Insight

Regulation of Social Media in the UK

The regulation of social media is a complex and challenging issue. In this article, we consider some of the challenges of regulating social media and where the UK is currently at on its journey to introduce targeted legislation.

Three key challenges of regulating social media

There are a number of challenges which need to be addressed when seeking to regulate social media. These include:

  • Defining harmful content. What constitutes harmful content is a complex and subjective issue. There is no clear consensus on what content should be regulated, and what should be allowed to remain on social media platforms.
  • Enforcing regulations. Even if it is possible to define harmful content, it can be difficult to enforce regulations against social media platforms. These platforms are often located in countries with different legal systems and it can be difficult to get cooperation from foreign governments.
  • Balancing free speech. Any attempt to regulate social media must balance the need to protect users from harmful content with the need to protect free speech. This is a delicate balance and it is one that is likely to be debated for many years to come.
Regulation of social media in the UK

The UK government has been considering the regulation of social media in the UK for some time. In 2018, the government published a white paper on online harms, which proposed a number of measures to regulate social media platforms. These measures included:

  • Requiring social media platforms to remove harmful content more quickly.
  • Giving users more control over their data and privacy.
  • Requiring social media platforms to do more to protect children from harmful content.

The government’s proposals were met with mixed reactions. Some people welcomed the government’s intervention, arguing that social media platforms have not done enough to remove harmful content from their platforms. Others expressed concerns that the government’s proposals could restrict free speech.

The planned Online Safety Bill

Following the government’s consultation to its white paper, in April 2022, the government introduced the Online Safety Bill, which is a proposed law that would regulate social media platforms in the UK. The bill is still passing through Parliament (at the time of writing the bill is at the third reading stage in the House of Lords).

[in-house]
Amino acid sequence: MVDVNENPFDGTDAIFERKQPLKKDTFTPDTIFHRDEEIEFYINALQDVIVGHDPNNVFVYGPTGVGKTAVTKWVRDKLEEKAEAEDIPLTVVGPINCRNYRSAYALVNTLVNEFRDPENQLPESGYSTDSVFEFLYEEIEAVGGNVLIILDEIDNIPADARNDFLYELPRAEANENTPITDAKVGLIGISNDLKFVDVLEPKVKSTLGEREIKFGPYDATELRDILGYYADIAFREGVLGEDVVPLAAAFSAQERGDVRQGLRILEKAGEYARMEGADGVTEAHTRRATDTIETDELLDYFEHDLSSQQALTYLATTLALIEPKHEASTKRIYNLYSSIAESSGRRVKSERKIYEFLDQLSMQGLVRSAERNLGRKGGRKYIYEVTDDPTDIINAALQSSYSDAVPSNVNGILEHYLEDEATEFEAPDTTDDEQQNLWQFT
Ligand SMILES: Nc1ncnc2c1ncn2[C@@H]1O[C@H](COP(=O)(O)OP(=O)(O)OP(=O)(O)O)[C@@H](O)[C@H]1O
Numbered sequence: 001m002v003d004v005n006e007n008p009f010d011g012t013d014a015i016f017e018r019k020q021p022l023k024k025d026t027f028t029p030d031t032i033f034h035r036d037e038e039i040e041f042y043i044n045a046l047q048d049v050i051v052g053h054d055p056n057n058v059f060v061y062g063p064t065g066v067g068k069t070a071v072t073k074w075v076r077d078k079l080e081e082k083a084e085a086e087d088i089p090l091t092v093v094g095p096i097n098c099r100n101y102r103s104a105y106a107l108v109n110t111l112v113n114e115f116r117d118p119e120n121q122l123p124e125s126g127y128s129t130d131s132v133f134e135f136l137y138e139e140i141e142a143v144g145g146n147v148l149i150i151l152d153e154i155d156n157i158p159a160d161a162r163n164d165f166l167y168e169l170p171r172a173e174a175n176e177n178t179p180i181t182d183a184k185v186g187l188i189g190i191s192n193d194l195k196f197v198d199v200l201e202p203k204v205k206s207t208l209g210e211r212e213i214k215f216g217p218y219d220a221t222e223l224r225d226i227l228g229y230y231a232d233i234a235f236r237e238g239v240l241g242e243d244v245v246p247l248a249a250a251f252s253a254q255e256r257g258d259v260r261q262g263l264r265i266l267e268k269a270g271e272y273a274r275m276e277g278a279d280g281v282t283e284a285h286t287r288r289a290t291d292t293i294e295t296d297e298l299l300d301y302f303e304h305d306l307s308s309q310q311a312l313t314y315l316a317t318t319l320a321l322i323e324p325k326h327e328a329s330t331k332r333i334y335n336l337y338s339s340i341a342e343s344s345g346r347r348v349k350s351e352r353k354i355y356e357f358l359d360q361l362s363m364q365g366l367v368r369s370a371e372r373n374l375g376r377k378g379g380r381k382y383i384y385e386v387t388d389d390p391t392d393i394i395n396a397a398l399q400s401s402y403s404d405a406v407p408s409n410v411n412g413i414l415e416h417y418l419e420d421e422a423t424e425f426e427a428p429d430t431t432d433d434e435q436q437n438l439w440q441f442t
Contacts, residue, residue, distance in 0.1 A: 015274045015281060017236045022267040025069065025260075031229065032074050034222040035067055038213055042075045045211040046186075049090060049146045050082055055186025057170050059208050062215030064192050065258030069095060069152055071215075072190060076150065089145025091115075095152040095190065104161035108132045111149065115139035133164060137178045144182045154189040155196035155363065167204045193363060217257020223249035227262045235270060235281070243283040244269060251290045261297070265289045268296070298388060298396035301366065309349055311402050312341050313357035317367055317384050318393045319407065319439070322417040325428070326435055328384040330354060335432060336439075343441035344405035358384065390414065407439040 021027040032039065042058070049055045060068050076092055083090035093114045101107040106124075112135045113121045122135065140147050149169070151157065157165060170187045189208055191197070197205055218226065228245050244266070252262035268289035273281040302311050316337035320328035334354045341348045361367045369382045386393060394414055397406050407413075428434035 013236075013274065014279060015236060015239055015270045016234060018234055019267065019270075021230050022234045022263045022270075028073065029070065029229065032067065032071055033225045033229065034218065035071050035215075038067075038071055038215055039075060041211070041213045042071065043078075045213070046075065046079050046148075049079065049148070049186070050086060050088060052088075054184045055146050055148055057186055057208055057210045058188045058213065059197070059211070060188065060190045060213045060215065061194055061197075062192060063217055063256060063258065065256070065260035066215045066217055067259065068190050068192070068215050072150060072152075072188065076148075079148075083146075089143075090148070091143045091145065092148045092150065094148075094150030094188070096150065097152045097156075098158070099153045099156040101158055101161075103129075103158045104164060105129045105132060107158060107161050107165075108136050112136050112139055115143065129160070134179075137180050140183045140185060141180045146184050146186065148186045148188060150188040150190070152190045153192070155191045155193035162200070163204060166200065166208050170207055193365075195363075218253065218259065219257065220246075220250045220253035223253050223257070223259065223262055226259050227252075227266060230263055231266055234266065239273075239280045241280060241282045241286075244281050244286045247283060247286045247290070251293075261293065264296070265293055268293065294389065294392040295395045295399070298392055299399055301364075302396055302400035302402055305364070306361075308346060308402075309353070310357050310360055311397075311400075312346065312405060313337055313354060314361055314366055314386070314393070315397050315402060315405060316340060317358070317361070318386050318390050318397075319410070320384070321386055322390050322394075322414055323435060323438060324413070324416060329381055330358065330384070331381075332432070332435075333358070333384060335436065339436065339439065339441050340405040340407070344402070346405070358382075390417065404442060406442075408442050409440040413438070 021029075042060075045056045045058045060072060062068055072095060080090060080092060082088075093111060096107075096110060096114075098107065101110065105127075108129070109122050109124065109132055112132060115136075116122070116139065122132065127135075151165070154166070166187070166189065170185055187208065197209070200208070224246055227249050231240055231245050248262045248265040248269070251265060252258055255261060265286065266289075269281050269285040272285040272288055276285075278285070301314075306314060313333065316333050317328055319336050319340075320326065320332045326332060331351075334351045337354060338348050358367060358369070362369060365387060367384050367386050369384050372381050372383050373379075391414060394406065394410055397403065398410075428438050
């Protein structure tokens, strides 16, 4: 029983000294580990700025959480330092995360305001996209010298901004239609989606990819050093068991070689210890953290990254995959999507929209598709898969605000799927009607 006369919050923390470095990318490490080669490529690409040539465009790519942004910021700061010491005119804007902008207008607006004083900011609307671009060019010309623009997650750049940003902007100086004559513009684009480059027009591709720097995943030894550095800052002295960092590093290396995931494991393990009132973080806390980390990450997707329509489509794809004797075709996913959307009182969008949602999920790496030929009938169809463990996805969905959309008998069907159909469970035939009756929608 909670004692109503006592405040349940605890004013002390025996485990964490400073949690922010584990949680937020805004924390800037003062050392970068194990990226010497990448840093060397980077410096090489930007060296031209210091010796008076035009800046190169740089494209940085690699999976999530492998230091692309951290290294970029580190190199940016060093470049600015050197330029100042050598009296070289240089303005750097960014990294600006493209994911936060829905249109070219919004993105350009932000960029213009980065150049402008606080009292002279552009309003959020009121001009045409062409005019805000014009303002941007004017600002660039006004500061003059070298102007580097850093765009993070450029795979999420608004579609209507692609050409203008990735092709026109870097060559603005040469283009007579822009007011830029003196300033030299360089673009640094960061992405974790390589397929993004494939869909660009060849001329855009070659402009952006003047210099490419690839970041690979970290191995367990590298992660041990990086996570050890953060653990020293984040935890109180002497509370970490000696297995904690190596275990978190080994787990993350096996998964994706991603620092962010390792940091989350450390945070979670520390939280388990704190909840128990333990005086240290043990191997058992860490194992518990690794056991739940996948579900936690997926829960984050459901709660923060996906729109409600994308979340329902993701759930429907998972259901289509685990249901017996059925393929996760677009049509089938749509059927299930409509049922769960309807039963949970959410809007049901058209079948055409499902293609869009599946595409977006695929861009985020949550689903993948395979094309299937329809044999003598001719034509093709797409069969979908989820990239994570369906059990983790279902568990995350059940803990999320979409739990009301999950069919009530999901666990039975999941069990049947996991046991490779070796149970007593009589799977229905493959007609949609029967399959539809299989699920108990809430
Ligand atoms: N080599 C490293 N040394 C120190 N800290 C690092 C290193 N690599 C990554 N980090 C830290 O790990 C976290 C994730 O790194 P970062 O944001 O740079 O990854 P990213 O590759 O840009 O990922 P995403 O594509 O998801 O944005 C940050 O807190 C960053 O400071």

If passed, the bill will likely require social media platforms to take a number of steps to protect users from harmful content, including:

  • Swiftly removing illegal content from their platforms.
  • Providing users with more control over their data and privacy.
  • Doing more to protect children from harmful content.

The bill is also likely to give Ofcom, the UK’s communications regulator, the power to fine social media platforms up to £18 million or 10% of their global annual turnover, whichever is higher, if they fail to comply with the regulations.

Whilst the bill is a significant step forward in the UK’s efforts to regulate social media, it is not without its controversy. In particular, recent proposed amendments by the House of Lords, which require social media platforms to monitor content for illicit material, could potentially undermine end-to-end encryption in instant messages such as WhatsApp and have caused some big social media companies to claim the bill could: (1) create a significant vulnerability that will be exploited by hackers, hostile nation states and those wishing to do harm; and (2) damage the UK’s ability to attract and retain tech development companies.

In response, the government has insisted that the bill does not threaten encryption, that systems are in place to prevent government intrusion and that the bill will not be used to encroach on private messages.

Only time will tell whether Parliament will listen to the concerns raised by some social media companies. Whatever final form the bill takes, it is unlikely to become law in the UK before next summer.

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